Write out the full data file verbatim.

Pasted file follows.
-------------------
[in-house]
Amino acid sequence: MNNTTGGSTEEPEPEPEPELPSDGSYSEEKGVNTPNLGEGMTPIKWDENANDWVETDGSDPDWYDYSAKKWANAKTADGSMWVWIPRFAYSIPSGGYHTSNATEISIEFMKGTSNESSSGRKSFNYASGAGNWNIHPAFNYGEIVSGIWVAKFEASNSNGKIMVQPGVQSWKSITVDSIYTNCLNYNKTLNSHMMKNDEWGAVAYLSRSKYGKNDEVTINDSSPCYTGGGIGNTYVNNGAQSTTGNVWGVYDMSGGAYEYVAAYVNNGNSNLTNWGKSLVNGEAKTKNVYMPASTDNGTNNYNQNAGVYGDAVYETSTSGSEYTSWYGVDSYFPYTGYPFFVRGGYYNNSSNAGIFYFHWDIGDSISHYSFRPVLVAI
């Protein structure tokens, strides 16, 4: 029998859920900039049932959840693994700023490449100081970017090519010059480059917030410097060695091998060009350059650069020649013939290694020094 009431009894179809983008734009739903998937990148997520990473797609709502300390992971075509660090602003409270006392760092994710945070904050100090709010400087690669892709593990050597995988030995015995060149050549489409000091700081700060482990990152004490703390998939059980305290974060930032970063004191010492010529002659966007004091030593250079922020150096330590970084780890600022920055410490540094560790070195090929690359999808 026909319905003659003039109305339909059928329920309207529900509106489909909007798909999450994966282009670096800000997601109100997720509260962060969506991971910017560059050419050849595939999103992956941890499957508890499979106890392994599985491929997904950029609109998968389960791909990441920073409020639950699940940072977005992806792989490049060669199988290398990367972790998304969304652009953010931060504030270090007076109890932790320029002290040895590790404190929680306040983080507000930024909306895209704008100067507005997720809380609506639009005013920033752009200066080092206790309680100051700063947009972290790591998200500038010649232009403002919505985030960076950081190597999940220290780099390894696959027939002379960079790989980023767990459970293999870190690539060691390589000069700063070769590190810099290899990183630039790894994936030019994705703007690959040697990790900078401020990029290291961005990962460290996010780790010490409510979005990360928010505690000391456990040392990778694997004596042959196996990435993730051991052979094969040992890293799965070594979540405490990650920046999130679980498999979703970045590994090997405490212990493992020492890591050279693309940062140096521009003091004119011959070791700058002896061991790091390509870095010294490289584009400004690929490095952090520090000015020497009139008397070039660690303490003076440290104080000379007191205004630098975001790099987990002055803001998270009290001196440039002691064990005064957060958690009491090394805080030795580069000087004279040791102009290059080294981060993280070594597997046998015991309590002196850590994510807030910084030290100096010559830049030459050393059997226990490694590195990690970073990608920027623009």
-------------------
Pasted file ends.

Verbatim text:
[in-house]
Amino acid sequence: MNNTTGGSTEEPEPEPEPELPSDGSYSEEKGVNTPNLGEGMTPIKWDENANDWVETDGSDPDWYDYSAKKWANAKTADGSMWVWIPRFAYSIPSGGYHTSNATEISIEFMKGTSNESSSGRKSFNYASGAGNWNIHPAFNYGEIVSGIWVAKFEASNSNGKIMVQPGVQSWKSITVDSIYTNCLNYNKTLNSHMMKNDEWGAVAYLSRSKYGKNDEVTINDSSPCYTGGGIGNTYVNNGAQSTTGNVWGVYDMSGGAYEYVAAYVNNGNSNLTNWGKSLVNGEAKTKNVYMPASTDNGTNNYNQNAGVYGDAVYETSTSGSEYTSWYGVDSYFPYTGYPFFVRGGYYNNSSNAGIFYFHWDIGDSISHYSFRPVLVAI
């Protein structure tokens, strides 16, 4: 029998859920900039049932959840693994700023490449100081970017090519010059480059917030410097060695091998060009350059650069020649013939290694020094 009431009894179809983008734009739903998937990148997520990473797609709502300390992971075509660090602003409270006392760092994710945070904050100090709010400087690669892709593990050597995988030995015995060149050549489409000091700081700060482990990152004490703390998939059980305290974060930032970063004191010492010529002659966007004091030593250079922020150096330590970084780890600022920055410490540094560790070195090929690359999808 026909319905003659003039109305339909059928329920309207529900509106489909909007798909999450994966282009670096800000997601109100997720509260962060969506991971910017560059050419050849595939999103992956941890499957508890499979106890392994599985491929997904950029609109998968389960791909990441920073409020639950699940940072977005992806792989490049060669199988290398990367972790998304969304652009953010931060504030270090007076109890932790320029002290040895590790404190929680306040983080507000930024909306895209704008100067507005997720809380609506639009005013920033752009200066080092206790309680100051700063947009972290790591998200500038010649232009403002919505985030960076950081190597999940220290780099390894696959027939002379960079790989980023767990459970293999870190690539060691390589000069700063070769590190810099290899990183630039790894994936030019994705703007690959040697990790900078401020990029290291961005990962460290996010780790010490409510979005990360928010505690000391456990040392990778694997004596042959196996990435993730051991052979094969040992890293799965070594979540405490990650920046999130679980498999979703970045590994090997405490212990493992020492890591050279693309940062140096521009003091004119011959070791700058002896061991790091390509870095010294490289584009400004690929490095952090520090000015020497009139008397070039660690303490003076440290104080000379007191205004630098975001790099987990002055803001998270009290001196440039002691064990005064957060958690009491090394805080030795580069000087004279040791102009290059080294981060993280070594597997046998015991309590002196850590994510807030910084030290100096010559830049030459050393059997226990490694590195990690970073990608920027623009």